When should contractors repair an aging HVAC unit and when should they suggest a full system replacement? The question has hounded the industry for decades. The NEWS recently spoke with a number of HVACR contractors, and, based on their responses, the question still lacks a definitive answer.
According to the National Association of Home Builders’ Study of Life Expectancy of Home Components, residential furnaces last an average of 15-20 years; heat pumps, 16 years; air conditioners, 10-15 years; and thermostats, 35 years.
Energy Star attempts to quantify the matter by providing a series of bullet points to determine when replacing a unit is the best option. It concludes replacement is necessary if: a heat pump or air conditioner is more than 10 years old, a furnace or boiler is more than 15 years old, equipment needs frequent repairs, energy bills are going up, a home has humidity problems, a home has excessive dust, or the heating and cooling system is noisy.
However, precise life expectancy is difficult to pinpoint due to numerous factors such as climate, usage, maintenance, rating, and more.
The staff at Walnut Creek Heating & Air Conditioning, Walnut Creek, California, estimates a unit that has been repaired more than twice in the last 10 years, is under a 13 SEER rating, or is 12-years-old or older should be replaced. On the opposite side of the coin, the company believes homeowners should consider a repair if the unit is properly sized, has experienced only minor issues, and can be repaired for less than half the cost of a full replacement.
“Consider replacement if the equipment is beyond three-quarters of its life expectancy and repairs will cost more than a third of replacement. So, if your furnace is 15 years old and you’re facing a $750 repair, you should probably replace the unit,” said Kevin Frump, general manager, Illiana Heating & Air Conditioning Inc., Cedar Lake, Indiana. “Keep in mind you can also take this opportunity to improve your home comfort and lower your utility bill. In other words, don’t just settle with a single-stage 80 percent efficiency furnace and be done with it — consider things like multiple staging, 95 percent efficiency, and variable-speed blowers to maximize your savings and comfort.”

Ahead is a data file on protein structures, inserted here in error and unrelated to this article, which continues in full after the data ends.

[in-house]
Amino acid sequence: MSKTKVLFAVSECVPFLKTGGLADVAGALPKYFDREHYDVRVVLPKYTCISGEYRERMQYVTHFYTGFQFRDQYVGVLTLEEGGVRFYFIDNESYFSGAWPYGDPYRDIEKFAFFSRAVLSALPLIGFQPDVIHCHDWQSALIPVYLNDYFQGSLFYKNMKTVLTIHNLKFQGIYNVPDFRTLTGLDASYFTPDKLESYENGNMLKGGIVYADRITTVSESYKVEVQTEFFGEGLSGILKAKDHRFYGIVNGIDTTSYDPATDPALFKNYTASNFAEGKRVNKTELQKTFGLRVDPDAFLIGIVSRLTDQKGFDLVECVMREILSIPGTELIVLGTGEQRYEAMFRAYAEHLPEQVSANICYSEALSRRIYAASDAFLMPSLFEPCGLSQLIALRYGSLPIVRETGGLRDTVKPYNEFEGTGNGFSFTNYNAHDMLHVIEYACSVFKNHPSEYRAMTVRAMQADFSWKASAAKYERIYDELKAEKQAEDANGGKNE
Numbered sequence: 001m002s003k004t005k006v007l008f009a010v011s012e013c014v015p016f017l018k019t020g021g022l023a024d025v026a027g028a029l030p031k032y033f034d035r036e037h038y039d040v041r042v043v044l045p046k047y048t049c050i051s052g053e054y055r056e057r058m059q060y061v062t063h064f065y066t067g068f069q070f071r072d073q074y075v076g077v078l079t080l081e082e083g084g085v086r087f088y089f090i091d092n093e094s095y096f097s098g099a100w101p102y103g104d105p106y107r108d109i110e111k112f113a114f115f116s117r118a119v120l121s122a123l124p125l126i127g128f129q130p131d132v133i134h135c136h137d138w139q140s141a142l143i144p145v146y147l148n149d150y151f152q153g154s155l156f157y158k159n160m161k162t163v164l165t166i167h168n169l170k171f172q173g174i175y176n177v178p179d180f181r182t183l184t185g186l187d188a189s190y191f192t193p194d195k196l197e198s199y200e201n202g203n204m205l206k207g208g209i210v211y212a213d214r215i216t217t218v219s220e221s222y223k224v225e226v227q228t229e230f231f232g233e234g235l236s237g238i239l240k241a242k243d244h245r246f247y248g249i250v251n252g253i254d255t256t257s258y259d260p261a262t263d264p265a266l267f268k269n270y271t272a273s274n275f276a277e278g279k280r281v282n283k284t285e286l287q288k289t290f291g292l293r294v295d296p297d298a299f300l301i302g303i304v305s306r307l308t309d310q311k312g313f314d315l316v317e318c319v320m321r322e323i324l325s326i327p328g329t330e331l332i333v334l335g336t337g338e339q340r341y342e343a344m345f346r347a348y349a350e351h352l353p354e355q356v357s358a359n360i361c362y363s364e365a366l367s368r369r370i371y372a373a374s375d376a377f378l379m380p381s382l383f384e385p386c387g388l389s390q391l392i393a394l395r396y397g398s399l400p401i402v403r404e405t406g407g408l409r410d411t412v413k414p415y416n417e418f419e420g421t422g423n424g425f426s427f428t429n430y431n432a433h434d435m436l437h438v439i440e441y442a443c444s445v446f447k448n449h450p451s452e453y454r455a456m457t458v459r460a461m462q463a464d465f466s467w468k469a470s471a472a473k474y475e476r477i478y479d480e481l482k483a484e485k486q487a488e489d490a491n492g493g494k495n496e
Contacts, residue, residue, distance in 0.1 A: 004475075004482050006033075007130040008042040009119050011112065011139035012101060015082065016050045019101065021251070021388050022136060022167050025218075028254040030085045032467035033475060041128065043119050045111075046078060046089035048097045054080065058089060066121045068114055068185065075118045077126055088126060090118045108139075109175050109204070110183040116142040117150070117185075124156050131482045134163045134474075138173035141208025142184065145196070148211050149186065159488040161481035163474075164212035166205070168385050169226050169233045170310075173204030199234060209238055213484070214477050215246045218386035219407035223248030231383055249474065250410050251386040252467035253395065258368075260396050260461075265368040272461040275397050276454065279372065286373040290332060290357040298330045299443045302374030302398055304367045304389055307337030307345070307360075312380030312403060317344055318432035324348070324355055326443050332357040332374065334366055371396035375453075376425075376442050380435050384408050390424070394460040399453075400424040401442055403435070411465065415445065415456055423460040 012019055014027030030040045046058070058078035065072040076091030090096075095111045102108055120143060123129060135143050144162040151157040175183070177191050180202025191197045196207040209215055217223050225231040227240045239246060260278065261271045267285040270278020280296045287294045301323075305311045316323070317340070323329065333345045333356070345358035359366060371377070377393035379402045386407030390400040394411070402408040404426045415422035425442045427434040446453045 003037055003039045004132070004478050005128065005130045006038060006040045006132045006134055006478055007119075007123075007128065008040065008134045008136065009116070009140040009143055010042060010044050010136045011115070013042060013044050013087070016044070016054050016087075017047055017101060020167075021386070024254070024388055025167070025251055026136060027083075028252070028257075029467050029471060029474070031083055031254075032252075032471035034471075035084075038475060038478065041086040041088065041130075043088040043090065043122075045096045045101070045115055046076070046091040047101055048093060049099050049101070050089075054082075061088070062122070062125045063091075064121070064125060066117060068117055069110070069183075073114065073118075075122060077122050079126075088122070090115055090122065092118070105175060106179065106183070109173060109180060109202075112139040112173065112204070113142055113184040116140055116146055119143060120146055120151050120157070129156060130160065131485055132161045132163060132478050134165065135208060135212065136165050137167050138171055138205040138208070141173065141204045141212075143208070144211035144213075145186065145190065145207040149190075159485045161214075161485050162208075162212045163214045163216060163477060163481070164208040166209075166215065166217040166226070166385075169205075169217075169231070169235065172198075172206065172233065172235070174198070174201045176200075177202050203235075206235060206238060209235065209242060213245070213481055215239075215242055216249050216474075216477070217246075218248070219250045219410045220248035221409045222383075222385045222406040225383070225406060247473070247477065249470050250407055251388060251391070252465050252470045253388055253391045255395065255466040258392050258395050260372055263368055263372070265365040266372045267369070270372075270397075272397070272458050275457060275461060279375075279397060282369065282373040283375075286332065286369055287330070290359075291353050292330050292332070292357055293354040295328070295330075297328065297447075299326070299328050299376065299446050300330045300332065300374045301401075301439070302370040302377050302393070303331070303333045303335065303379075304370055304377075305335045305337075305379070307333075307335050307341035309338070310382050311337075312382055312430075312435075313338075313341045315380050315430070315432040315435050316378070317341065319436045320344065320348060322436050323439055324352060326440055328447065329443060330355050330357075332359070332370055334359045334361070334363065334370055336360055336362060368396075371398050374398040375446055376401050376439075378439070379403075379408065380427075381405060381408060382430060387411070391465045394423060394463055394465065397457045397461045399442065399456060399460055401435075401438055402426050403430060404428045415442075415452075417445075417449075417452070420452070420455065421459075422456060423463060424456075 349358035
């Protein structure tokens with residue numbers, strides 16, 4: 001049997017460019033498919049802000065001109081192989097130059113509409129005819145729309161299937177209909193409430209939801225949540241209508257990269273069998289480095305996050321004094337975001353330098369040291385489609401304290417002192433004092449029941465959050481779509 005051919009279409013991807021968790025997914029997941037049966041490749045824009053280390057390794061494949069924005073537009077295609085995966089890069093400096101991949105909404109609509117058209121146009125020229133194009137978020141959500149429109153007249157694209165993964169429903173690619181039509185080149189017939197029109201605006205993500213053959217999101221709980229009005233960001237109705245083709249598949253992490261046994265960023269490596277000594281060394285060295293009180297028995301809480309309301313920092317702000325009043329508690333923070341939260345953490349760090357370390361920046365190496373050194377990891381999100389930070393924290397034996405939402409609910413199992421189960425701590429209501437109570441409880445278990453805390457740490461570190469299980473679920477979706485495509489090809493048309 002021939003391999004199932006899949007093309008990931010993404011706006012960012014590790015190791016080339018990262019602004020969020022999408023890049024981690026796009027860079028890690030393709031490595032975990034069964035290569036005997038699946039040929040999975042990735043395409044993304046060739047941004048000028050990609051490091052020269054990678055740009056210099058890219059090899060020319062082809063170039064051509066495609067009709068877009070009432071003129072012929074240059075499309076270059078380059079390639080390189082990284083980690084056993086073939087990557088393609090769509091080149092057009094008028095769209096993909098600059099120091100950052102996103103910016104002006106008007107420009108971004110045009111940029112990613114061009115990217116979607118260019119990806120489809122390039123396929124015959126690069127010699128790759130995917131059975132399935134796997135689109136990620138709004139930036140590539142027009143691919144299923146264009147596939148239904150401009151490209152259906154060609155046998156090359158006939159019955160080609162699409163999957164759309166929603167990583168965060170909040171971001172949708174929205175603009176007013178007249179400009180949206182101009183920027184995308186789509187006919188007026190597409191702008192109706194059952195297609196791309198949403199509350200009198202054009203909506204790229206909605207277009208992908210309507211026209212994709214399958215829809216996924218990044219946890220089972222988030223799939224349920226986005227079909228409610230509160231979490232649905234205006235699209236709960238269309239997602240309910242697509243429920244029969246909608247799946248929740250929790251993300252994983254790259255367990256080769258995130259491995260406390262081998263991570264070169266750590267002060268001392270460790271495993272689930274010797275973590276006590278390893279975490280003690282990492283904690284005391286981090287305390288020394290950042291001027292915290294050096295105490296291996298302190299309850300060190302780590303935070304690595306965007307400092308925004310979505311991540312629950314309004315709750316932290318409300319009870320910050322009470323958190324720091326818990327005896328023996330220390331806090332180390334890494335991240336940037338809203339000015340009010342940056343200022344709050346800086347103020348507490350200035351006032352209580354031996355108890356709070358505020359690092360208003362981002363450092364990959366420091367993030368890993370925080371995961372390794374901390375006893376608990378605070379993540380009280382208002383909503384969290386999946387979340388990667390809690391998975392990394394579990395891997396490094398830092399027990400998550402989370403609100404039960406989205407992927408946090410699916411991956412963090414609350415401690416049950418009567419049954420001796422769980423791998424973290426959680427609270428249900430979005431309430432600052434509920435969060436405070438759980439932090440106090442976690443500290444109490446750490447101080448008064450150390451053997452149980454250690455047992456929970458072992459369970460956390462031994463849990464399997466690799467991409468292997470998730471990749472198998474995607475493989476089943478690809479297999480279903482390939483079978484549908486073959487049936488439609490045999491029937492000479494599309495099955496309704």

Let the Customer Decide
Bill Brown, president, Paramount Heating & Air Conditioning LLC, Worthington, Ohio, believes that giving customers information and offering options is critically important. “Whenever possible, we always present repair options, regardless of the age of the system, overall condition, or repair amount,” he said. “We let the customer decide if they want to continue to invest in the equipment or replace it completely. If they ask, ‘How much is a new unit?’ after they’ve seen repair options, we will discuss replacement.”
Carter Stanfield, author of “Fundamentals of HVAC/R,” prefers to let the customer make the decision.
“It is largely an economic decision. Just be sure to include all the economic factors and not just the initial outlay,” said Stanfield. “You can often make a reasonable economic argument for replacing outdated equipment based on operating cost; so, if you are looking at an old 10 SEER unit or a standing pilot gas furnace, there is really no question that it is cheaper to replace it if you are including cost of operation for at least five years.”